Wednesday was a rare good day in the Russia scandal.
A rare good day is not when yet another tentacle in this vast and multifarious outrage with its Dostoevsky-esque cast of deplorables is revealed, something that has occurred with mind-numbing regularity since we first hazarded a glimpse at Russia's vast cyber-operation to deny the presidency to Hillary Clinton at the height of the 2016 campaign and the first hints that the Donald Trump campaign might have aided and abetted in this enormous crime.
That actually is a bad day because of the probability that nothing will come of the revelation. That it will get tossed on the slag heap of Too Much Stuff To Keep Track Of.
If you think of the Russia scandal in terms of a deck of playing cards with Trump as the ace of spades and George Papadopoulos as the two of clubs, then Wednesday was a rare good day. This is because a pretty important card -- we'll call former Trump campaign manager Paul Manafort the king of spades in the spirit of our little exercise -- was taken off the table.
Wednesday also was a rare good day because Manafort, in addition to being sentenced to 7½ years in a federal slammer, was the target of a 16-count indictment for additional crimes returned by a Manhattan grand jury. Even if Trump pardons him on the federal raps, he would not be able to pardon him on the state charges if he is found guilty.
It also was a rare good day because two stories seemingly destined for the slag heap reached critical mass.
This was news that Acting Attorney General Matt Whitaker did indeed acknowledge at a closed congressional hearing that he had talked to Trump about the scandal in general and Trump consigliere Michael Cohen in particular after denying that any such thing happened. And news that Cohen was told before he coped a plea that he could be sure "he had friends in high places" if he stayed loyal to the godfather with the small hands and peculiar hair, which was a presidential pardon dangle for sure.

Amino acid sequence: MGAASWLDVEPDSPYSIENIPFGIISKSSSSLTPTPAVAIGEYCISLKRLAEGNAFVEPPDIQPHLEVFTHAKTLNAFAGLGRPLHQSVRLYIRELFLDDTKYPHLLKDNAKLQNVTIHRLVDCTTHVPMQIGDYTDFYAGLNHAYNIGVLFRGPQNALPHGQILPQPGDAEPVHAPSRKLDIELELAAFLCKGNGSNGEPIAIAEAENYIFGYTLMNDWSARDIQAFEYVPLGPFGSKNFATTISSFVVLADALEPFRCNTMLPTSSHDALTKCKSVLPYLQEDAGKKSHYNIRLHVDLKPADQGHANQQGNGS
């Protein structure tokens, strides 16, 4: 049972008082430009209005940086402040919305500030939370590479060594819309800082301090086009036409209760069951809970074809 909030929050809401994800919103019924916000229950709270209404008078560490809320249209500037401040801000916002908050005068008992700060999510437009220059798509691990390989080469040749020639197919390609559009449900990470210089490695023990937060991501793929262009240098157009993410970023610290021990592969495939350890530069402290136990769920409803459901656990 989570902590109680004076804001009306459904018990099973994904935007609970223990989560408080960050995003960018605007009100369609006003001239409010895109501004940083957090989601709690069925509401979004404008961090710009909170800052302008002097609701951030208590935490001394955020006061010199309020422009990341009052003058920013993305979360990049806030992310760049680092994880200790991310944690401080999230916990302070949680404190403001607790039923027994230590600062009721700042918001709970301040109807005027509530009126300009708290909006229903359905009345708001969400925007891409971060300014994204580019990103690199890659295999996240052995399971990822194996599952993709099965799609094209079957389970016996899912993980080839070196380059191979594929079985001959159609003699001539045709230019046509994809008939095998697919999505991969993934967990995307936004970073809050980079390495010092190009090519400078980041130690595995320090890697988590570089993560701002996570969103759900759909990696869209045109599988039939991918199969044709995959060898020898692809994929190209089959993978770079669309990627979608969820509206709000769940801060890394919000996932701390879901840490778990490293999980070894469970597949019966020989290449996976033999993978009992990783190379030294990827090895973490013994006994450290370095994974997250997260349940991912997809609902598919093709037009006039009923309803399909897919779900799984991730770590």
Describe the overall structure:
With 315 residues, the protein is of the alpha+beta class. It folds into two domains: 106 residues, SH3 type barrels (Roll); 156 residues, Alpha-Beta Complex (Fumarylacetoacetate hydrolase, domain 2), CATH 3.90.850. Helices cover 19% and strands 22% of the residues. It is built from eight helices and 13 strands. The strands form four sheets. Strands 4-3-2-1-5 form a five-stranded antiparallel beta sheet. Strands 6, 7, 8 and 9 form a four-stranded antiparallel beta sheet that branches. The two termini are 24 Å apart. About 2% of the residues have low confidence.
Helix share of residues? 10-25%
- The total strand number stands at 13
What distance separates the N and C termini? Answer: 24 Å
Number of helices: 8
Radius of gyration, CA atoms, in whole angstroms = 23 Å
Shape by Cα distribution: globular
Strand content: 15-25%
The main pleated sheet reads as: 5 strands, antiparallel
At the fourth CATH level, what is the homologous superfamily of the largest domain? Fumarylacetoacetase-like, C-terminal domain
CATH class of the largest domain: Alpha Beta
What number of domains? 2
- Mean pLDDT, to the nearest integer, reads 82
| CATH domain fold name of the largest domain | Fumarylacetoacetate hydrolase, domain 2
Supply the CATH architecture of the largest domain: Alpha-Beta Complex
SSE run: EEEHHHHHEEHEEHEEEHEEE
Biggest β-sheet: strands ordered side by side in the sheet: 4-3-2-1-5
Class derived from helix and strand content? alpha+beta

Even when we consider other cards taken off the table because of plea agreements -- we'll call Cohen the king of hearts, Mike Flynn the king of diamonds and Rick Gates the jack of spades -- that still leaves 48 cards. (You didn't ask, but Ivanka Trump is the queen of spades and Roger Stone is a joker.)
If that isn't sobering in the context of the enormity of the scandal -- Watergate, the Teapot Dome and Soviet theft of atomic bomb secrets are mere also rans when compared to this unprecedented assault on the bedrock of American democracy -- there is the real possibility that a president who sold out America's interests to its greatest enemy will never see the inside of a prison cell, may not be impeached, and even when the full weight of the scandal crashes down on him will cut a deal allowing him to escape Washington for his gilded Fifth Avenue penthouse in the sky with nary a scratch.
It is encouraging that the day after that rare good day the House passed a resolution by a robust 420-0 vote calling for the release of Special Council Robert Mueller's so-called final report and that a huge majority of Democratic and Republican voters concurred in recent polls. (There were two other non-binding bipartisan rebukes as the week wound down, resolutions blocking Trump's phony border wall national emergency and ending military aid for Saudi Arabia's war in Yemen over the assassination of journalist Jamal Khashoggi.)
But we have a problem, Houston: The view of some Democratic pols that impeaching the ace of spades would tear the country apart because, in the opinion of Trump's crybaby chorus, impeachment is political (!!!) and therefore illegitimate.
The view of these pols is not just naïve and shortsighted. They have it exactly backwards.
Trump already has torn the country apart. Impeachment, even if it ultimately does not result in conviction after a Senate trial because of the Republican majority, would have profound healing effect for the majority of Americans who have lived in fear since Vladimir Putin coronated the 45th president of the United States while we were looking the other way.
In any event, Trump keeps making clear that if he goes, it won't be quietly.
"I can tell you I have the support of the police, the support of the military, the support of the Bikers for Trump – I have the tough people," he declared, lest the message that he encourages violence be lost. "But they don’t play it tough -- until they go to a certain point, and then it would be very bad, very bad."
Yes, the ace of spades is willing to use the police and military, not to mention smelly guys humping Harleys, against his political opposition. That would not be a rare good day.
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